Mrs. Eleanor Franklin Egan did not in any sense represent organized women of this country.  She is a brilliant magazine writer and has had large experience in the Far East, having lived in the Philippine Islands nine years and spent three or four years in China and Japan.  Her husband is Mr. Martin Egan, Publicity Manger of the J. Pierpont Morgan firm.  Mrs. Egan has the honor of being a personal friend of Secretary Herbert Hoover and of General Pershing.

(signed) Katherine Philip Edson

 

Page 34

THE VALUE OF INDIVIDUAL

ORGANIZED LIFE

 

   Since my first participation in creating an organization for women, "The Alphi Phi Sorority" just fifty years ago--I have believed in group activity.

   As early as 1887 I came from Los Angeles to San Francisco to help form the old time Chautauqua Circles and following that I was definitely interested and active in the formative years of California's organized womanhood under its various phases of church, educational, philanthropic, eleemosynary and political development.

   I have believed in these groups of people with common interests, in the community of work as the finest foundation for understanding and enduring friendliness.  I believed that devotion to a common cause, loyalty to a common task would transcend pettiness and local narrowness as well as accomplish some of the definite objects desired by those thus banded together.

   I was convinced these compact organizations could have a driving power, where most needed, to accomplish results.

   If these group activities have not justified the dreams of those who "saw visions"--my analysis is that the failures have resulted from the lack of the organized individual life of those participating.

   “We are non-organized” has been the cry since the marvelous success of wartime organizations has so stimulated us to any form of co-operation

   But this cannot be true until each woman has organized her own life that she may not only know herself, the community, the state, the nation, the world; but the relation of her individual life each of these units.

   Is it suggestive then to ask?  Have you organized your life?

   Familiar as most women are with the usual form of Constitution and By-laws, we recall that the first article reads, “The Name of the Organization shall be etc."

   What is the name of your Life Organization?  Selfishness?  Undue Ambition?  Indifference?  Service?

   Second-What shall the Object of your Organization be?  Self-indulgence? 

Display?  Money?  Betterment of mankind?  Enrichment of the world?

   Third-Who is your Executive Officer?  Your physical Self?  Mental Self? or Spiritual Self:  If it is the latter do you starve or nourish your Executive Officer?  A weak and aenemic executive never builds an efficient, effective organization.

   Fourth--The Recording Secretary is always provided, but Memory will only record the minutes you dictate.  And pray there may be no page you could wish to blot out.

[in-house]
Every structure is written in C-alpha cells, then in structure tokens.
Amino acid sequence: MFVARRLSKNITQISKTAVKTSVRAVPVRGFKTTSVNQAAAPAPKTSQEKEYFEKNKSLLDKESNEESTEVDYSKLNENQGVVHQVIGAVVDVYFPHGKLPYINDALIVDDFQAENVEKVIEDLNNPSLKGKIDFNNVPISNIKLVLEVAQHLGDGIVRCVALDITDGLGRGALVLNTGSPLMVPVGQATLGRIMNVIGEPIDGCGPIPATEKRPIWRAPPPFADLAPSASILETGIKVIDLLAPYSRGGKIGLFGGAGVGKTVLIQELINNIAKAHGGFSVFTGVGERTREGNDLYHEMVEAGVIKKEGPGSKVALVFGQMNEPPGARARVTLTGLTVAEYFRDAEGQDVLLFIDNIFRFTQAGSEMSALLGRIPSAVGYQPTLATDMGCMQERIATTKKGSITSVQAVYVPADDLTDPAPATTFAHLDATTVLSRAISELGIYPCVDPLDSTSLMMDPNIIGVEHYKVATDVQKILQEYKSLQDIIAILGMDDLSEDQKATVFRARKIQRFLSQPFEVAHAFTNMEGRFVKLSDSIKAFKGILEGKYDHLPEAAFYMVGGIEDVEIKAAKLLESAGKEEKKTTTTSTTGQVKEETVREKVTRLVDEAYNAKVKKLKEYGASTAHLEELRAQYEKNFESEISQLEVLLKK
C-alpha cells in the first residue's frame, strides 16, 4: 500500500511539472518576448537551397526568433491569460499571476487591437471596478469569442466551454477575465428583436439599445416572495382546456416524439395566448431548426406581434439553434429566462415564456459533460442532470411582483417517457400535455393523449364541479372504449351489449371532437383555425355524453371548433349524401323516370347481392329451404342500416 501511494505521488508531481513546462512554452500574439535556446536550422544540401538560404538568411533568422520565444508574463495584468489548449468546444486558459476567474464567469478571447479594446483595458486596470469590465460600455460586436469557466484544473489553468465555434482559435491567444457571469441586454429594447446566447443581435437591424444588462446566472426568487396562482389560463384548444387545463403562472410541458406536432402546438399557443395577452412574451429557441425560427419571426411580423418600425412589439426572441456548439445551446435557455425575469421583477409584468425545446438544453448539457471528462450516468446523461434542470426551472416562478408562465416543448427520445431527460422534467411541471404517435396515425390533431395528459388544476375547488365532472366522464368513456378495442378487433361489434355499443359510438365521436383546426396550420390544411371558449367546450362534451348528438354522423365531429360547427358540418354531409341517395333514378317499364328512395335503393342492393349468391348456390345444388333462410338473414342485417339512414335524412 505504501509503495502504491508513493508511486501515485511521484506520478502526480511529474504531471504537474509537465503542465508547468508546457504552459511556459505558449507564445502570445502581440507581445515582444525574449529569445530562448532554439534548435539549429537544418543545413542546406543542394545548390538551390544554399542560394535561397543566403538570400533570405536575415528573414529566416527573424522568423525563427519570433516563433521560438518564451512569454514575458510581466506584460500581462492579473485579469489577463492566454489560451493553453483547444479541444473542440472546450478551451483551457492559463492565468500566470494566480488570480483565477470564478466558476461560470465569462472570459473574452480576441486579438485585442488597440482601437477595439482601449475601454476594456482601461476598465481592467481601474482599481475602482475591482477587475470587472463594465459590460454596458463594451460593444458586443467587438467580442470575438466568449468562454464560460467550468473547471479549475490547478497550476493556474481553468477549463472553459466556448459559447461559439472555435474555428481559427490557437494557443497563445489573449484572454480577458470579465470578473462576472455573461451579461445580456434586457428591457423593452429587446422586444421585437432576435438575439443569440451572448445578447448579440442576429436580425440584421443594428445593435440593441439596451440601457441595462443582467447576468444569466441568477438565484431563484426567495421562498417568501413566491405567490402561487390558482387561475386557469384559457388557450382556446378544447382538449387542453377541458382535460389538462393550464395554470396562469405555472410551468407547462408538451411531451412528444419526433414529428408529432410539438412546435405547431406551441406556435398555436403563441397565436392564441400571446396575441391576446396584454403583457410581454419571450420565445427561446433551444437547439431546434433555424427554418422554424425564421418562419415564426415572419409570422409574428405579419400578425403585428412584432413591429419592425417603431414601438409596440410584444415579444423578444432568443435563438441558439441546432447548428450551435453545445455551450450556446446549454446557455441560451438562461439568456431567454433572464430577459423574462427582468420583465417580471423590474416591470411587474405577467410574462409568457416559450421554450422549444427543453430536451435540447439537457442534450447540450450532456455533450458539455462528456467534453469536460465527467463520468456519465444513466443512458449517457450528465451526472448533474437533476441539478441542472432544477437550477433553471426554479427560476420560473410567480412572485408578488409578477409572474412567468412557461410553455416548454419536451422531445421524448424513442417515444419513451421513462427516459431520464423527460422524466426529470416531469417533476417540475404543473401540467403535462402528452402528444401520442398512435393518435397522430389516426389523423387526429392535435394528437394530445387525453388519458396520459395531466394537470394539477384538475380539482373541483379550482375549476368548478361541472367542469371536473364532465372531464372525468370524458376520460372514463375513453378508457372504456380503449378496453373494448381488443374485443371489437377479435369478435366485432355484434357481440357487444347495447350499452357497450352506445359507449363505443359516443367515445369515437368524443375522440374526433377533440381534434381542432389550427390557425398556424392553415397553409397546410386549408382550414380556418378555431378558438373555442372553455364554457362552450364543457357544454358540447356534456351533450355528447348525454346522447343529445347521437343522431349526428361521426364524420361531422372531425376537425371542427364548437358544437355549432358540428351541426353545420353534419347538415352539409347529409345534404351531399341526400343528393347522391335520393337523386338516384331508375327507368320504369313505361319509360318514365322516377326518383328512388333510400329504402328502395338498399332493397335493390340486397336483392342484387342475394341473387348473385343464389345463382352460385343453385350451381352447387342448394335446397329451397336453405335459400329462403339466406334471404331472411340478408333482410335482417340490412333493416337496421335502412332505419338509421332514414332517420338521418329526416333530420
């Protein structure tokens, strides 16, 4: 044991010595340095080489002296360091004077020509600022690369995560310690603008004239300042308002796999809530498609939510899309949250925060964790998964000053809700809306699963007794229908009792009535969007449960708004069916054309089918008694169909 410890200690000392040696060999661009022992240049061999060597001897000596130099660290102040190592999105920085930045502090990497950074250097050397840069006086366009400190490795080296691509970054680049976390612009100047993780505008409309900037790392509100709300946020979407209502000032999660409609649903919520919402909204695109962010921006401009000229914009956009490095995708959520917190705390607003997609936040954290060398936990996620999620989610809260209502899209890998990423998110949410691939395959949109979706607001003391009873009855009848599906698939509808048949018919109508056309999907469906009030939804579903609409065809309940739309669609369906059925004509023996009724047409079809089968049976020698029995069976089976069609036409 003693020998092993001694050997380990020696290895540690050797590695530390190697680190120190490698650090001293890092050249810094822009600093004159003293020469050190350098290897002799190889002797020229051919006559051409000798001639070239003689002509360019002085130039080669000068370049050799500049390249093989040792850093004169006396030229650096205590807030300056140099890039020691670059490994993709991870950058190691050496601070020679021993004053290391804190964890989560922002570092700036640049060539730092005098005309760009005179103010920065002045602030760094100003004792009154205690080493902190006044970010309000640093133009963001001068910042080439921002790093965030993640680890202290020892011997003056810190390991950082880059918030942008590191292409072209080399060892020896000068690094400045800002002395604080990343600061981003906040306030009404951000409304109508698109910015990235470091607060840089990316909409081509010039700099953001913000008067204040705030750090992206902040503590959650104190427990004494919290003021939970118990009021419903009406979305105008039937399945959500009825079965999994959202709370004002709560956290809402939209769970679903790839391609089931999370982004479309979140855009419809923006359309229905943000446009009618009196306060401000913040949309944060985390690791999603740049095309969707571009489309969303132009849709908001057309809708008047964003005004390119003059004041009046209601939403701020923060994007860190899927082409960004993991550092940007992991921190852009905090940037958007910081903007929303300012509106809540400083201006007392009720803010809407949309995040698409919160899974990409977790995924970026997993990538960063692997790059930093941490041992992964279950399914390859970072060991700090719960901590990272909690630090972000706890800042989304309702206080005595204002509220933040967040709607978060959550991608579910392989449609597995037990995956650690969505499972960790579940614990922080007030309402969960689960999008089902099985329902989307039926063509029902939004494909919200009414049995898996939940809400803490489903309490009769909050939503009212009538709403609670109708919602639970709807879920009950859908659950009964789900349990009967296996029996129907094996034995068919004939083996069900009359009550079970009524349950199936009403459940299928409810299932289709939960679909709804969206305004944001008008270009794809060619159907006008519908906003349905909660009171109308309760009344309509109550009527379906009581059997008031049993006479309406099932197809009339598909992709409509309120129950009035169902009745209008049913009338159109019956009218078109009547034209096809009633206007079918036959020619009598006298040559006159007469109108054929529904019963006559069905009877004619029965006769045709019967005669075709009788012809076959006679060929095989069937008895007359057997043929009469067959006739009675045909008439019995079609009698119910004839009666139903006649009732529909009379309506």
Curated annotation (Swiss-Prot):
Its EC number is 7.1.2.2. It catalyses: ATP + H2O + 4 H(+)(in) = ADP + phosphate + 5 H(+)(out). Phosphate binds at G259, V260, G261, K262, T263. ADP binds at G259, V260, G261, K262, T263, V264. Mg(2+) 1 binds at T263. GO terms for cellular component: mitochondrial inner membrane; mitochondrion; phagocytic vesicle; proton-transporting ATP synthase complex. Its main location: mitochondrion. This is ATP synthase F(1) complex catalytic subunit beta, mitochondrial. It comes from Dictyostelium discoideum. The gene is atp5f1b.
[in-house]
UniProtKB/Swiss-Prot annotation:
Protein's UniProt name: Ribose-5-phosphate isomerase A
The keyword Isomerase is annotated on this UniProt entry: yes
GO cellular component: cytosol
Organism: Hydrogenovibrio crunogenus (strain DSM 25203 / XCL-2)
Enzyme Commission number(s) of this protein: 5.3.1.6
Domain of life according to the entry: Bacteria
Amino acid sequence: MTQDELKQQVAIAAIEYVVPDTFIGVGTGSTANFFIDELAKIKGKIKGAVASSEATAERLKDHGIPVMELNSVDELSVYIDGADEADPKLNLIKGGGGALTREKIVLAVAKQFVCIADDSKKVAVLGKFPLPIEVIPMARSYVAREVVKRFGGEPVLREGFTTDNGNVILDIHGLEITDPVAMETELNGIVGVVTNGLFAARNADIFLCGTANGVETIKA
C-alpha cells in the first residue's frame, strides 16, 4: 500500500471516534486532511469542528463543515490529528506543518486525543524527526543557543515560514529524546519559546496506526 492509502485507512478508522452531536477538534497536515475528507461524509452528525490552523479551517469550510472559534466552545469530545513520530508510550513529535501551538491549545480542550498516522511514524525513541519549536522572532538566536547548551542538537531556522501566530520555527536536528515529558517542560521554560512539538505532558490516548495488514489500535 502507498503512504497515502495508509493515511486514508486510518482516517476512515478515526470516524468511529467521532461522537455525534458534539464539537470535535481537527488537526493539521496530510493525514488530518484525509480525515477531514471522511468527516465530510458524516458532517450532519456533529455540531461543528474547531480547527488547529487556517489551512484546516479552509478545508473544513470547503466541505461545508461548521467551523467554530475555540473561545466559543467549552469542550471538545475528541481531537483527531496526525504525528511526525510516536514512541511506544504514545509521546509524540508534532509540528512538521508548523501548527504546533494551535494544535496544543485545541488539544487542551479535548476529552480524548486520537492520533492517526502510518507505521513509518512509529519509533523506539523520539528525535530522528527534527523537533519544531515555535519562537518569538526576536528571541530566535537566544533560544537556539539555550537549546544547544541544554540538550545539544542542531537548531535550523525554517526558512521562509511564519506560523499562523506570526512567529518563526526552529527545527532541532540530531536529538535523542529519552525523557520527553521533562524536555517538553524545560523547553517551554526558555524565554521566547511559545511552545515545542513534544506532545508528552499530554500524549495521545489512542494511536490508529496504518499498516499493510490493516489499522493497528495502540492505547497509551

Page 35

   Fifth—The Treasurer of your organization keeps a debit and credit account of every hour, whether you add or subtract to the sum total of the world betterment by what you think, say and do.  Only you can keep the balance on the right side of the ledger.

   In this form of the organization there must always be provision for Amendments that there may be a re-evaluation of life each day, which is, after all, the fullest expression for education.

   The educational process by which we glimpse the splendor of life is truly an inward, individual process.

   What John Fletcher wrote of men is equally true of women:

“Man is his own star; and the soul that can render an

honest and a perfect man commands all light, all

influence, all fate, nothing to him falls early, or too late.”

 

   The value of organized effort whether singly or in groups then, lies in the fulfilment of this prophesy:

“When the Soul of a women conquers,

And God’s banners are unfurled,

We may catch a glimpse of Heaven

From the hill-top of the world.”

 

 

(signed) Elane B. Burdette

 

 

Page 36

 

AMERICAN ASSOCIATION OF

UNIVERSITY WOMEN

San Francisco Bay Branch

 

OFFICERS

Mrs. E. E. Brownell, 1700 Broadway……………………………………………..President

Miss Emma Nooman, 1302 Hayes Street……………………………………Vice-President

Mrs. Wm. J. Drew, 67 Buena Vista Terrace…………………………..Recording Secretary

Mrs. E. W. Curries, Broderick Street……………………………..Corresponding Secretary

Miss Carol A. Rehfisheh, Standford University, Box 984……………...Business Secretary      

Mrs. T. J. Bagigalupi, 179 22nd Avenue…………………………………………..Treasurer

Mrs. E. W. Newhall, Jr., 2972 Pacific Avenue……………………………………..Auditor

DIRECTORS

Mrs. Marion Delany                                Miss Effie McFaden         Mrs. Anne Whitley

                  Mrs. T. T. C. Gregory                                      Miss Ella Barrows

COUNCILLORS

                  Mrs. Frederick Faulener      Miss Marion Leale    Miss Mabel Pierce

Mrs. Frederick Faulkner, President-Elect